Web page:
IN THE UNITED STATES DISTRICT COURT FOR THE NORTHERN DISTRICT OF ILLINOIS EASTERN DIVISION
May 6, 2008
MB FINANCIAL BANK, N.A., PLAINTIFF,
DIRECTECH HOLDING COMPANY, INC., ET AL., DEFENDANTS.
The opinion of the court was delivered by: Milton I. Shadur Senior United States District Judge
This action has come to this Court's calendar under this District's random assignment system. This memorandum order is issued sua sponte in accordance with the continuing mandate from our Court of Appeals (see, e.g., Wernsing v. Thompson, 423 F.3d 732, 743 (7th Cir. 2005)) that the policing of subject matter jurisdiction is a compulsory matter.
It is certainly time that complaints such as the present one should trigger an automatic dismissal when counsel for a plaintiff in a diversity action clearly fails to carry plaintiff's burden of establishing subject matter jurisdiction where any party (on either side of the "v." sign) is a limited liability company. In July of this year a full decade will have elapsed since our Court of Appeals meticulously spelled out the requirements in that respect (Cosgrove v. Bartolotta, 150 F.3d 729, 731 (7th Cir. 1998), a message that our Court of Appeals has since had to repeat again and again (see, e.g., Wise v. Wachovia Sec., LLC, 450 F.3d 265, 267 (7th Cir. 2006) and Thomas v. Guardsmark, LLC, 487 F.3d 531, 533-34 (7th Cir. 2007)) and that District Judges are compelled to repeat even more frequently.
There has to be some cost attached to the total disregard of such a long- and firmly-established jurisdictional principle. Here no fewer than 5 of the 22 defendants are limited liability companies (Complaint ¶¶ 15, 16, 17, 24 and 25), yet the only facts alleged as to those defendants are the jurisdictional irrelevancies of their states of formation and the locations of their principal places of business. Moreover, there is a second jurisdictional flaw here: Complaint ¶18 speaks only of individual defendant David Wellingford's residence rather than his state of citizenship (see, e.g., Held v. Held, 137 F.3d 998, 1000 (7th Cir. 1998)).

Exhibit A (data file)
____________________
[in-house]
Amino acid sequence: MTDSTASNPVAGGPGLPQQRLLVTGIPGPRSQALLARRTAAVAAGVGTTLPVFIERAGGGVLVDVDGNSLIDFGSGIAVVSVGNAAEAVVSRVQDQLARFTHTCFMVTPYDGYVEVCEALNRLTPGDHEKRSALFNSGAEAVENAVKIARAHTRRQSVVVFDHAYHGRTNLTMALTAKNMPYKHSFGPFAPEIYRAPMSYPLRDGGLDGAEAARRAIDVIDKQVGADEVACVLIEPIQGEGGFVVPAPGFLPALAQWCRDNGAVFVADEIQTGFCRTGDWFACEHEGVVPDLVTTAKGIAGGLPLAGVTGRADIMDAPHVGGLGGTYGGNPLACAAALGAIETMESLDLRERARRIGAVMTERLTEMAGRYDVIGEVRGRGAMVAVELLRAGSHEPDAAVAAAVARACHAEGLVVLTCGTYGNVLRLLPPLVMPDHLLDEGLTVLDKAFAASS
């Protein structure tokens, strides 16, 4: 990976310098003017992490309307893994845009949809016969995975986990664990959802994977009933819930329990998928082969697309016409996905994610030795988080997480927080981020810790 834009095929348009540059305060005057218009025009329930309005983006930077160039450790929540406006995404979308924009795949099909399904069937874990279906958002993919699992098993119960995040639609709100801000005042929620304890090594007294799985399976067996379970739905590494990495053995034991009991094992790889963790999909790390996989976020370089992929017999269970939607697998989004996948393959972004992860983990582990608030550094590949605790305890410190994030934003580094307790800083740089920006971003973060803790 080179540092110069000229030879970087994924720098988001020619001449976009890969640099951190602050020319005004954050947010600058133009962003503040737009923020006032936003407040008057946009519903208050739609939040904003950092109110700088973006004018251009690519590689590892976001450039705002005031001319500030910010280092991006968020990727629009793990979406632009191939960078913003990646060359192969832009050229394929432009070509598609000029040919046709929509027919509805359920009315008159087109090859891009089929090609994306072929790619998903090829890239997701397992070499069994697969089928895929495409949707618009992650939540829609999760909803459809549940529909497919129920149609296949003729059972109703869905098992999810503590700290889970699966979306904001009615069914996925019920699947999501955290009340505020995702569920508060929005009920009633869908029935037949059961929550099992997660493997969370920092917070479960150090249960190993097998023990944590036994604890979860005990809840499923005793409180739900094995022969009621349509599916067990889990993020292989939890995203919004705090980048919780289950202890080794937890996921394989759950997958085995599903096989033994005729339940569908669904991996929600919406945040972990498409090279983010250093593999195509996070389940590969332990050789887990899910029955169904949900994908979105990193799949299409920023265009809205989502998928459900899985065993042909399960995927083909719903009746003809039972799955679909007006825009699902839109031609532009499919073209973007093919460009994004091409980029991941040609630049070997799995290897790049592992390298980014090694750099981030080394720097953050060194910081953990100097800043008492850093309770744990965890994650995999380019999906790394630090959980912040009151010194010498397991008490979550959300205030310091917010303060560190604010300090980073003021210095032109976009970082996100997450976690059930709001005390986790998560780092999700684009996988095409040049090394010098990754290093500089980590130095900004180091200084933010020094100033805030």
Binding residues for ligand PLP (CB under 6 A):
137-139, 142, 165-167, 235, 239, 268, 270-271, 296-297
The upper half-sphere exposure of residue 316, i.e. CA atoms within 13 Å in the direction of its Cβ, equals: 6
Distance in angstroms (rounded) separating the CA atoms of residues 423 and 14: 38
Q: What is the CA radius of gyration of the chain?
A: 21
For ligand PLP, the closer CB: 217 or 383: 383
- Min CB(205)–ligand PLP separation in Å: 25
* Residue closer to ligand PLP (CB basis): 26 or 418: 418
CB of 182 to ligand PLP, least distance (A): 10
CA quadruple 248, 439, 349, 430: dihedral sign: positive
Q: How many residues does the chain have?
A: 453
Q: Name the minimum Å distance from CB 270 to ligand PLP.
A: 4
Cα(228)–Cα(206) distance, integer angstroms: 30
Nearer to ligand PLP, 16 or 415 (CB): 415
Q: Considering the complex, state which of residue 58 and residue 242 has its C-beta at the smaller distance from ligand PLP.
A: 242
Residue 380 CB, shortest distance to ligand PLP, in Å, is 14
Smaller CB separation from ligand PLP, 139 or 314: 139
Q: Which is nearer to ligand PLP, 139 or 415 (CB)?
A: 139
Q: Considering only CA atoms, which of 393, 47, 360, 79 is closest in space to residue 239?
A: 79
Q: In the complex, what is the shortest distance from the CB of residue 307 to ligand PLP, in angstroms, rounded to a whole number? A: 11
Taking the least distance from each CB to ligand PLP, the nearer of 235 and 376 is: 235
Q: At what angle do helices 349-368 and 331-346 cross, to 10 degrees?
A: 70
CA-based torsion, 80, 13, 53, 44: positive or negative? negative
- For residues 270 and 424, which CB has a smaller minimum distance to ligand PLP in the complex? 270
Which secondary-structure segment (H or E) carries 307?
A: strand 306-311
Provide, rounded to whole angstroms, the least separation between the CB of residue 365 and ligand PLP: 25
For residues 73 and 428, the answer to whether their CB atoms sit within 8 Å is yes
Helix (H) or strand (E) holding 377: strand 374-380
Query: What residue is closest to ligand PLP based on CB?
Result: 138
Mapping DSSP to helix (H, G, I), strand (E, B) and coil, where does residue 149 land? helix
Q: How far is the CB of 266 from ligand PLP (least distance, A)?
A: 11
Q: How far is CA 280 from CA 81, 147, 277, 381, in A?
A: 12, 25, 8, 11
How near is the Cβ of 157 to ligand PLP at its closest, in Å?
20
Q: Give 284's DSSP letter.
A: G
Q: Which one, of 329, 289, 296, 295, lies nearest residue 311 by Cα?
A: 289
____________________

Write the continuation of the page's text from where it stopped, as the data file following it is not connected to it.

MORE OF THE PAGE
Hence this action is dismissed for want of the proper establishment of subject matter jurisdiction in two respects. Nonetheless, if a timely motion were to be filed under Fed. R. Civ. P. 59(e) demonstrating that the requisite diversity is indeed present, this Court would consider granting such a motion on condition that plaintiff MB Financial Bank ("MB") pay into court, as a fine, the same $350 amount that would be required as a filing fee for any newly-filed action (a separate action that MB'S counsel would otherwise have to bring).
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